Previously, NI businesses could benefit from UK FTAs via tariff-free trade on their exports but were not able to import products such as meat into NI under the UK’s tariff rate quotas. The deal is expected to be welcomed, particularly by NI businesses seeking to import meat from Australia and New Zealand.

Businesses in NI that trade or process meat and those with relevant meats in their supply chains should prepare early and assess how to capitalize on the UK FTAs’ benefits. Businesses will want to review the new regulatory requirements and evaluate their supply chains and engage with stakeholders in UK FTA-partner countries.

Trade remedies

In recent weeks, major economic blocs have initiated globally various trade remedy investigations and measures across a range of goods, including products of steel, aluminum, ceramics and wood:

  • US: The US Department of Commerce is set to impose trade remedy measures on imports of boltless steel shelving units from Malaysia, Taiwan, Thailand and Vietnam, as well as brass rods from Brazil, India, Mexico, South Africa and South Korea. The US International Trade Commission (USITC) determined that the sale of these imports at less than a fair value in the US results in a material injury to the US.
  • China: On 19 May 2024, China launched an antidumping investigation into imports of polyformaldehyde copolymer (POM- C) from the EU, US, Japan and Taiwan, after six major Chinese POM-C producers submitted a formal application to China’s Ministry of Commerce on 22 April 2024. POM-C is a thermoplastic used in a range of industries, including automotives, medical devices, electronics and construction.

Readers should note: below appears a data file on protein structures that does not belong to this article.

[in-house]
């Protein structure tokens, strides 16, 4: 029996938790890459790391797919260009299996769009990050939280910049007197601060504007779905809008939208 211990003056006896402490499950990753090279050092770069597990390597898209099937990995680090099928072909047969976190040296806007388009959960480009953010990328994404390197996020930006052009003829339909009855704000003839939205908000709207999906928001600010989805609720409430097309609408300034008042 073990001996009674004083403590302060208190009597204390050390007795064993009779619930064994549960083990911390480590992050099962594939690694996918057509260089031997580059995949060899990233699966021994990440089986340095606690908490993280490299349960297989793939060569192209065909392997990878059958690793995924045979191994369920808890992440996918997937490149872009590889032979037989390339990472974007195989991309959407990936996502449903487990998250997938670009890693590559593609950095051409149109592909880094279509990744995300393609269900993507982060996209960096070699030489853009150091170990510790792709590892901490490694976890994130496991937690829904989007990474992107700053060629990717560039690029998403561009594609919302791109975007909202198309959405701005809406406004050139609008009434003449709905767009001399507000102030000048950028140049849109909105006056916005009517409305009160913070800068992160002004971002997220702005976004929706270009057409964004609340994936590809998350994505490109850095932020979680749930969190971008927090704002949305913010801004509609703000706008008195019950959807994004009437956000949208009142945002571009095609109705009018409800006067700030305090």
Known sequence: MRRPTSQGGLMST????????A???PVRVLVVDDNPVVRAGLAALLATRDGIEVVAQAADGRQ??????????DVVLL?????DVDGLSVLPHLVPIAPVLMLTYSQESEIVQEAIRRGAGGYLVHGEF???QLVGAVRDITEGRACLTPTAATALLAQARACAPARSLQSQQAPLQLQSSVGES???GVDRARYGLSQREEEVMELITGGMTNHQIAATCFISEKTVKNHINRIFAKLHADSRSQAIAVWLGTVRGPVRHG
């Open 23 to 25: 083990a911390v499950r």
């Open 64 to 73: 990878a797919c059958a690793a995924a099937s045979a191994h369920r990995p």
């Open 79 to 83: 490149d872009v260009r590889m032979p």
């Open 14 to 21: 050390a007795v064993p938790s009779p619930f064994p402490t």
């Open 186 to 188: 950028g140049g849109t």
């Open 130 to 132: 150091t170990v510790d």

• UK: In May 2022, the UK’s Trade Remedies Authority (TRA) initiated transition reviews into antidumping measures on certain ceramic tableware as well as aluminum foil from China. Although antidumping duties on these goods are currently in place, inherited from the EU, the TRA’s transition reviews assess the necessity of these measures post-Brexit.

Separately, the TRA has found that keeping the current anti- dumping and anti-subsidy measures on Chinese e-bikes would not be in the economic interest of the UK.

  • EU: The European Commission (EC) has launched two antidumping investigations on Chinese imports — one on tinplate steel products and the other on multi-layered wood flooring. The EC further extended antidumping measures on imports of birch plywood from Russia to include imports from Kazakhstan and Turkiye, following a circumvention review. Finally, the EC has extended its anti-subsidy measures on imports of cold-rolled stainless steel from Indonesia to also cover Taiwan, Turkiye and Vietnam due to circumvention of the anti-subsidy measures through these jurisdictions.

Trade remedy investigation processes vary across jurisdictions and businesses should be aware of any opportunities to engage with the relevant authorities to contribute and provide their views to investigations.

Asia-Pacific Economic Cooperation (APEC) trade ministers’ meeting

APEC trade ministers met on 17-18 May in Arequipa, Peru to promote stronger ties in areas such as trade liberalization. In a joint statement, the ministers highlighted that trade has been facing challenges in recent times and vowed to strengthen their commitment to open markets and the removal of unnecessary trade barriers. The ministers further reiterated the importance of continuing to advance the Free Trade Area of the Asia-Pacific and to promote the trade of and investment in products with a positive environmental impact.